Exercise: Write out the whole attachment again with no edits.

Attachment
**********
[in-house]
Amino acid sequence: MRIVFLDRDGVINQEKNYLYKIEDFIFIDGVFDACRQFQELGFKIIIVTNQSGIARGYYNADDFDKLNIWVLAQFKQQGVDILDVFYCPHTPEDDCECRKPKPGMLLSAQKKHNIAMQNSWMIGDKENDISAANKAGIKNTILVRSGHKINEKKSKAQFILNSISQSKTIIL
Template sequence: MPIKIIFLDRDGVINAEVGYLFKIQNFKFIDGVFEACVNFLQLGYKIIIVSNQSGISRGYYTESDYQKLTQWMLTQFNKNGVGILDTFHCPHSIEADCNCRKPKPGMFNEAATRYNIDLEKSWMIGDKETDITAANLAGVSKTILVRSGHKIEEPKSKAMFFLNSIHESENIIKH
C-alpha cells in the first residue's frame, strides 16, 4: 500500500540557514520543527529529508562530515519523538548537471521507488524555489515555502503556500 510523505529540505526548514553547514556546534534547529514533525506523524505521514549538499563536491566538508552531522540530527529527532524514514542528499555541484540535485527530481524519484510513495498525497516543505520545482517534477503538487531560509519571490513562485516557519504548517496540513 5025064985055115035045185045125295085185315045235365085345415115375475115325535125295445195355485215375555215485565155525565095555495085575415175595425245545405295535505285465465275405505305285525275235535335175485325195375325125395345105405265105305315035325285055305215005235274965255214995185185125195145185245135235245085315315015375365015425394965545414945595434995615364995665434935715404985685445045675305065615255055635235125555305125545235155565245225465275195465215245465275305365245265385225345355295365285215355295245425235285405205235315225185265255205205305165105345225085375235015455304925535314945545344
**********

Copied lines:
[in-house]
Amino acid sequence: MRIVFLDRDGVINQEKNYLYKIEDFIFIDGVFDACRQFQELGFKIIIVTNQSGIARGYYNADDFDKLNIWVLAQFKQQGVDILDVFYCPHTPEDDCECRKPKPGMLLSAQKKHNIAMQNSWMIGDKENDISAANKAGIKNTILVRSGHKINEKKSKAQFILNSISQSKTIIL
Template sequence: MPIKIIFLDRDGVINAEVGYLFKIQNFKFIDGVFEACVNFLQLGYKIIIVSNQSGISRGYYTESDYQKLTQWMLTQFNKNGVGILDTFHCPHSIEADCNCRKPKPGMFNEAATRYNIDLEKSWMIGDKETDITAANLAGVSKTILVRSGHKIEEPKSKAMFFLNSIHESENIIKH
C-alpha cells in the first residue's frame, strides 16, 4: 500500500540557514520543527529529508562530515519523538548537471521507488524555489515555502503556500 510523505529540505526548514553547514556546534534547529514533525506523524505521514549538499563536491566538508552531522540530527529527532524514514542528499555541484540535485527530481524519484510513495498525497516543505520545482517534477503538487531560509519571490513562485516557519504548517496540513 5025064985055115035045185045125295085185315045235365085345415115375475115325535125295445195355485215375555215485565155525565095555495085575415175595425245545405295535505285465465275405505305285525275235535335175485325195375325125395345105405265105305315035325285055305215005235274965255214995185185125195145185245135235245085315315015375365015425394965545414945595434995615364995665434935715404985685445045675305065615255055635235125555305125545235155565245225465275195465215245465275305365245265385225345355295365285215355295245425235285405205235315225185265255205205305165105345225085375235015455304925535314945545344